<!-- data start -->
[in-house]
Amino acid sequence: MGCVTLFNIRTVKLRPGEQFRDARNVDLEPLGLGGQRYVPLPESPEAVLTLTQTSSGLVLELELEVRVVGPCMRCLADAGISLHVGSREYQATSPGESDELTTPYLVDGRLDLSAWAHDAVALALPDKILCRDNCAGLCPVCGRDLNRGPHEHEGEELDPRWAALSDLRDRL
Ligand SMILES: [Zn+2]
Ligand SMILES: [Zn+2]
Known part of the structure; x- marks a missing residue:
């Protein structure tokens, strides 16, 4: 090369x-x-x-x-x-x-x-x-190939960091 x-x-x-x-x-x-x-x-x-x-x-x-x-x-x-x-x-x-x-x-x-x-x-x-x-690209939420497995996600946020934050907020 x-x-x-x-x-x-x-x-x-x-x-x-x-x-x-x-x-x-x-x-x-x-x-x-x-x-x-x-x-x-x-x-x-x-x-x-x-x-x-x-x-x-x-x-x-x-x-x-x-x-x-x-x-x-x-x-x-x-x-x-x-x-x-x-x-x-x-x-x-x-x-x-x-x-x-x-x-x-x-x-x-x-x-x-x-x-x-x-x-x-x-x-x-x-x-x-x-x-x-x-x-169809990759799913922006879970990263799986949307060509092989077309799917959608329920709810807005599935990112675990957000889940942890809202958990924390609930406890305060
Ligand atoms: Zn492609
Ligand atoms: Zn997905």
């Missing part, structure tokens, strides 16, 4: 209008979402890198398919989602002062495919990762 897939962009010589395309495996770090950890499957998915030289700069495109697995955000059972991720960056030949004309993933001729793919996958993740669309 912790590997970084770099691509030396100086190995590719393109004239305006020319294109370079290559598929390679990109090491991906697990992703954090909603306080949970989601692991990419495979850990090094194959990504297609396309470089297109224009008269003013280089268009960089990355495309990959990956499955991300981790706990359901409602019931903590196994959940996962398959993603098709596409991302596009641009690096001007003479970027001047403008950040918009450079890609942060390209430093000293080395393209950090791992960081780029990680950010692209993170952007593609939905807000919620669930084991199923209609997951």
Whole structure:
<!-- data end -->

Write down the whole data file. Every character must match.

[in-house]
Amino acid sequence: MGCVTLFNIRTVKLRPGEQFRDARNVDLEPLGLGGQRYVPLPESPEAVLTLTQTSSGLVLELELEVRVVGPCMRCLADAGISLHVGSREYQATSPGESDELTTPYLVDGRLDLSAWAHDAVALALPDKILCRDNCAGLCPVCGRDLNRGPHEHEGEELDPRWAALSDLRDRL
Ligand SMILES: [Zn+2]
Ligand SMILES: [Zn+2]
Known part of the structure; x- marks a missing residue:
């Protein structure tokens, strides 16, 4: 090369x-x-x-x-x-x-x-x-190939960091 x-x-x-x-x-x-x-x-x-x-x-x-x-x-x-x-x-x-x-x-x-x-x-x-x-690209939420497995996600946020934050907020 x-x-x-x-x-x-x-x-x-x-x-x-x-x-x-x-x-x-x-x-x-x-x-x-x-x-x-x-x-x-x-x-x-x-x-x-x-x-x-x-x-x-x-x-x-x-x-x-x-x-x-x-x-x-x-x-x-x-x-x-x-x-x-x-x-x-x-x-x-x-x-x-x-x-x-x-x-x-x-x-x-x-x-x-x-x-x-x-x-x-x-x-x-x-x-x-x-x-x-x-x-169809990759799913922006879970990263799986949307060509092989077309799917959608329920709810807005599935990112675990957000889940942890809202958990924390609930406890305060
Ligand atoms: Zn492609
Ligand atoms: Zn997905």
């Missing part, structure tokens, strides 16, 4: 209008979402890198398919989602002062495919990762 897939962009010589395309495996770090950890499957998915030289700069495109697995955000059972991720960056030949004309993933001729793919996958993740669309 912790590997970084770099691509030396100086190995590719393109004239305006020319294109370079290559598929390679990109090491991906697990992703954090909603306080949970989601692991990419495979850990090094194959990504297609396309470089297109224009008269003013280089268009960089990355495309990959990956499955991300981790706990359901409602019931903590196994959940996962398959993603098709596409991302596009641009690096001007003479970027001047403008950040918009450079890609942060390209430093000293080395393209950090791992960081780029990680950010692209993170952007593609939905807000919620669930084991199923209609997951």
Whole structure: